BUCHANAN, Grand Bassa – Party members of the Coalition for Democratic Change’s Grand Bassa branch met over the weekend in Buchanan to celebrate ‘Pro-Poor Day,’ with a message aimed at the opposition.
The day was meant to mark the anniversary of President George Weah’s government. During the celebration, the manager of the Port of Buchanan who served as keynote speaker, Charles Gull, said “hate messages” from the opposition are a result of resentment because of how the president has empowered the youth.
Gull said opposition politicians are not used to seeing young people in leadership. Because of that, it is disconcerting to them “when they look around and see a Jefferson Koijee, a Janjay Baikpeh, Eddie Trawallie, Alvin Wesseh, and a Charles Gull serving in key national positions.”
He said Weah has abolished the notion that young people cannot perform in national leadership.
“It hurts so badly that they send surrogates to attack and lie on our characters but we were not promised an easy ride of leadership,” he added. “Be strong. We have work to do in proving these guys wrong, but bear in mind that they didn’t believe in you then and they will never believe in you now.”
Gull said the days when young people were made to believe that they are only future leaders are no more – they would no longer only be judged by their size or ages but also by their capability.
He then explained the objectives of the government’s development agenda and its accomplishments. He said the government has committed itself to reduce poverty by 23 percent by the end of 2023.
“This will require collective efforts toward the pragmatic implementation of programs and projects under the four pillars of our Pro-Poor Agenda,” Gull added.
In recounting the government’s achievements, the port manager named the cleaning up of payroll at the Ministry of Education as one of the strategies that have enabled the government to enroll nearly 1,100 out of 3,764 teachers who had been earning substantially lower salaries than other civil servants.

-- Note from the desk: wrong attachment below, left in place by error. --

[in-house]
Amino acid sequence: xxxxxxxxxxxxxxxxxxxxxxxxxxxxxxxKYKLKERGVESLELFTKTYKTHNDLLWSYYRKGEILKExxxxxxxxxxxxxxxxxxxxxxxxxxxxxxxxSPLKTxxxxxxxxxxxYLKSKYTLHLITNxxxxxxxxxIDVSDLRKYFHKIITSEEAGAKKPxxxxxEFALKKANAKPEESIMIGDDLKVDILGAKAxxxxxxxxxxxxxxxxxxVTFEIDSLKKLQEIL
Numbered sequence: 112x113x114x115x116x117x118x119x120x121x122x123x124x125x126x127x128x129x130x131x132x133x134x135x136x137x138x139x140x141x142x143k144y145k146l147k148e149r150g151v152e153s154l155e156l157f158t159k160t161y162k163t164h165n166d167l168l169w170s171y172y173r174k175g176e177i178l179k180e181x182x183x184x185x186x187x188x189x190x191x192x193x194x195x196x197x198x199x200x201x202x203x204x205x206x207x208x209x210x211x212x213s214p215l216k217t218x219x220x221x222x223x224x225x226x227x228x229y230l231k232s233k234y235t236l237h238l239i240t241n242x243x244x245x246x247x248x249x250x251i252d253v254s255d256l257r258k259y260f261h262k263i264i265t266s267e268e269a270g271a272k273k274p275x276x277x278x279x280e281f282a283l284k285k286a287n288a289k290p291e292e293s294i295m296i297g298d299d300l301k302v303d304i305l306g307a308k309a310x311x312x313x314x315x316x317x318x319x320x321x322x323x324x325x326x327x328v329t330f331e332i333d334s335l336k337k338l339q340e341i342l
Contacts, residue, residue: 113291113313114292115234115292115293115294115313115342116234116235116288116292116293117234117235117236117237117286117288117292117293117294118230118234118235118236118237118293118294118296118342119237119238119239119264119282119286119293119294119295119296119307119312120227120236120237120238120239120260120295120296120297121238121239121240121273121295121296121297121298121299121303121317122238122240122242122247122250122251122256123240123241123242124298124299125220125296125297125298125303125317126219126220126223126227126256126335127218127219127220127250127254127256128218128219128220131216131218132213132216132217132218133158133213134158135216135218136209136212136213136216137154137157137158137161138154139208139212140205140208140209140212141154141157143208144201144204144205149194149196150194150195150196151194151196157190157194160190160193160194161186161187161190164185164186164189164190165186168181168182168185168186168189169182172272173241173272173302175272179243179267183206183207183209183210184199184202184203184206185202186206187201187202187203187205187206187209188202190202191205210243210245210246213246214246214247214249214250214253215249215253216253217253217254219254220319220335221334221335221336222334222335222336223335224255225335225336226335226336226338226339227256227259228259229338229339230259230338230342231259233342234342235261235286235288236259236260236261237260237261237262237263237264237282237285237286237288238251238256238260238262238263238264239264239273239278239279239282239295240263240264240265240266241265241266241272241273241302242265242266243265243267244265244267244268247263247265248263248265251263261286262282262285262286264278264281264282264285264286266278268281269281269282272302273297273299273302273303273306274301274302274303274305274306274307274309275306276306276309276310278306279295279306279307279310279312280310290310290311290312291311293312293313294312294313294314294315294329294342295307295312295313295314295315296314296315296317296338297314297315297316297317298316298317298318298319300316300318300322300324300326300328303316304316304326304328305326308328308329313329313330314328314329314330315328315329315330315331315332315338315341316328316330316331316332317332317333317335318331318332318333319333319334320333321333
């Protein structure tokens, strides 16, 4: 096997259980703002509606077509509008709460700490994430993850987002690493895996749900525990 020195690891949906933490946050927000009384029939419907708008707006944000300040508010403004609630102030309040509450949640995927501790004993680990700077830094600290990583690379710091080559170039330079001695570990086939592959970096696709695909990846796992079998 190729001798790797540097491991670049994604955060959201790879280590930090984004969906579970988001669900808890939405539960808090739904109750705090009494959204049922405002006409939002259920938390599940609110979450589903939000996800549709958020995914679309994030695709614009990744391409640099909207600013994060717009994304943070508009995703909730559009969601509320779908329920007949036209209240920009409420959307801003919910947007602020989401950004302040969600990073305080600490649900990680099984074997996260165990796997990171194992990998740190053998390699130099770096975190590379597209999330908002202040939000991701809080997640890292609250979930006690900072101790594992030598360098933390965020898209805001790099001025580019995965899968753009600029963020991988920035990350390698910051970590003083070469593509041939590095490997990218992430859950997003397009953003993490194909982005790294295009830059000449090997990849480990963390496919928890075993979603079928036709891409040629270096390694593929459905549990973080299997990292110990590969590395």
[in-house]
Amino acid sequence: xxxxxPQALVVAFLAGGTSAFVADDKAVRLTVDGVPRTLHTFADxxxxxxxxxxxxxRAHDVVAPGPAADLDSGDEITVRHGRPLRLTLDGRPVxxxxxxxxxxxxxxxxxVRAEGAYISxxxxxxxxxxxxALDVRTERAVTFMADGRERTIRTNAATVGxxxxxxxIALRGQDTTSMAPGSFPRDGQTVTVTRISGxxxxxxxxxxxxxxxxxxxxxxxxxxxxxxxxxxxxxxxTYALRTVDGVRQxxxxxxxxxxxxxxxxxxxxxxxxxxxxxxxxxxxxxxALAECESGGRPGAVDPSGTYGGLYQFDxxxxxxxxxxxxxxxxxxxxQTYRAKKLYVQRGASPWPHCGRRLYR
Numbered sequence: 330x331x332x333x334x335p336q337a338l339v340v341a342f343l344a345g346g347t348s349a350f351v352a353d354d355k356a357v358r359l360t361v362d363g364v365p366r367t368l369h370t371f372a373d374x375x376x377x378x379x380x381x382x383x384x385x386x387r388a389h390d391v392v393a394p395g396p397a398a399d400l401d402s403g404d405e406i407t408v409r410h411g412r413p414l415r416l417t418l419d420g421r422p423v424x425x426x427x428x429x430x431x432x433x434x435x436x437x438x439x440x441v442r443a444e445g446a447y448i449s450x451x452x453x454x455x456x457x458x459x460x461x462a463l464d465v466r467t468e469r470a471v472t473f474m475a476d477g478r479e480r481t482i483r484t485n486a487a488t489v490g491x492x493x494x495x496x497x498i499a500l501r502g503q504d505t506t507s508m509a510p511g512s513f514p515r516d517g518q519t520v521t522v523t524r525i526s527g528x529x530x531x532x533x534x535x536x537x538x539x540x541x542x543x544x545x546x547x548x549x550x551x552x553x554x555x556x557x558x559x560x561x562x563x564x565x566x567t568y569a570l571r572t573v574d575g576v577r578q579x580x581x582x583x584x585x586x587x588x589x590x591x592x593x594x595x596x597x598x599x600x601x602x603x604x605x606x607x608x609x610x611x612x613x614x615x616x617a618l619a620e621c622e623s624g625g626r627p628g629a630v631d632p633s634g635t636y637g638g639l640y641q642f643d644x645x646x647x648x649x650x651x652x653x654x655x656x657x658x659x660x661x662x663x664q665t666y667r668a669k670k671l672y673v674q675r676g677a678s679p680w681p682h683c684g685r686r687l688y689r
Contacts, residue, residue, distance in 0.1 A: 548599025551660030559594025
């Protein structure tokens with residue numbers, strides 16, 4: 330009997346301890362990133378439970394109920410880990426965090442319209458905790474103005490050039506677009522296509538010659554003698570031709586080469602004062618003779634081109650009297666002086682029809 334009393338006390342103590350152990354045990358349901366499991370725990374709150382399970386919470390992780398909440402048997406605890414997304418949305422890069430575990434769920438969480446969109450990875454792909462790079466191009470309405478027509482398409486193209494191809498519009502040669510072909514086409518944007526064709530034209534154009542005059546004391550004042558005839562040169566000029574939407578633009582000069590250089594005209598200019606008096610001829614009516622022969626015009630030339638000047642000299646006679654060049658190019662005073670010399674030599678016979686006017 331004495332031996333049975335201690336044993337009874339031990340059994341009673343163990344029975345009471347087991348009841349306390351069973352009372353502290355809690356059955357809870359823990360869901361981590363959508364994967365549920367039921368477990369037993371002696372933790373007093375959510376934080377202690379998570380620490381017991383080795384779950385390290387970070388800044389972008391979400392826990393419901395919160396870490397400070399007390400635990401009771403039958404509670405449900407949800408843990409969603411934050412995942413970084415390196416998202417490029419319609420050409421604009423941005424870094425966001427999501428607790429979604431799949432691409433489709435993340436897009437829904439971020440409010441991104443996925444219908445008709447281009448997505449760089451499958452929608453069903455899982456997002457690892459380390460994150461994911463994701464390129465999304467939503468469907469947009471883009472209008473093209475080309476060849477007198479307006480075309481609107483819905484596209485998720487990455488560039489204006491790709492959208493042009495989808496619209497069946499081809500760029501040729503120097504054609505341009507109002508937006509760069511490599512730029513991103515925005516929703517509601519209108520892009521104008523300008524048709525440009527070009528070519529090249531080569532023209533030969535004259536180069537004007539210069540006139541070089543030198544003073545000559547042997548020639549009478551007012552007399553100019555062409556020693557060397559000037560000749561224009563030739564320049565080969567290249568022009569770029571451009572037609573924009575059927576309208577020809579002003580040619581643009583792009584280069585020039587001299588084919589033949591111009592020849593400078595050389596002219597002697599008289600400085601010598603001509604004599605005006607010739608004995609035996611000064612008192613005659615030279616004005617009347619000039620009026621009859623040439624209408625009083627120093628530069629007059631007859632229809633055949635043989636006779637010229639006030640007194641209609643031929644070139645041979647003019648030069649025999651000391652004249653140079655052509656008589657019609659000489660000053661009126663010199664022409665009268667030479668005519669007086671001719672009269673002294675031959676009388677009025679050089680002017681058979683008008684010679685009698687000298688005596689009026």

Gull said the government has also awarded 163 scholarships to Liberian students to study abroad and 1,300 students to study in local universities.
He said the CDC-led government has also recruited young people to benefit from the Youth Empowerment Entrepreneurship and Employment Project, the Youth Opportunities Project, and National Cadet Program.
“About 15,000 individuals and households are expected to benefit from these programs collectively. The Youth Opportunities Project has, up to date, benefited 129 communities in all 15 counties,” he added.
He added that the Youth Opportunities Project is also expected to receive additional funding of €3.5 million (US$3.95 million) from the Swedish government and €5 million (US$5.65 million) from the French government.
He said government is making tremendous efforts in building the country’s infrastructure and security sectors.
The program was attended by CDC’s lone Grand Bassa lawmaker, Rep. Matthew Joe, deputy labor minister Phil Dixon, and the superintendent of Grand Bassa, Janjay Baikpeh.
During the program, CDC’s Grand Bassa chapter welcomed Hilary Mentoe to the body as a full member. Mentoe had earlier served as founding secretary general of the Movement for Economic Empowerment. While in that position, he helped the Liberty Party’s Charles Brumskine presidential bid in 2017 on grounds that Brumskine was a Bassa man like himself.
Mentoe is now the public relations officer at the Port of Buchanan, a position he held briefly before joining CDC in January of this year.
President Weah was expected to attend the program over the weekend but he had to cancel the trip in order to visit Nimba, where a mudslide at an illegal gold mine has resulted in a loss of lives.
Featured photo courtesy of Prince Wonplu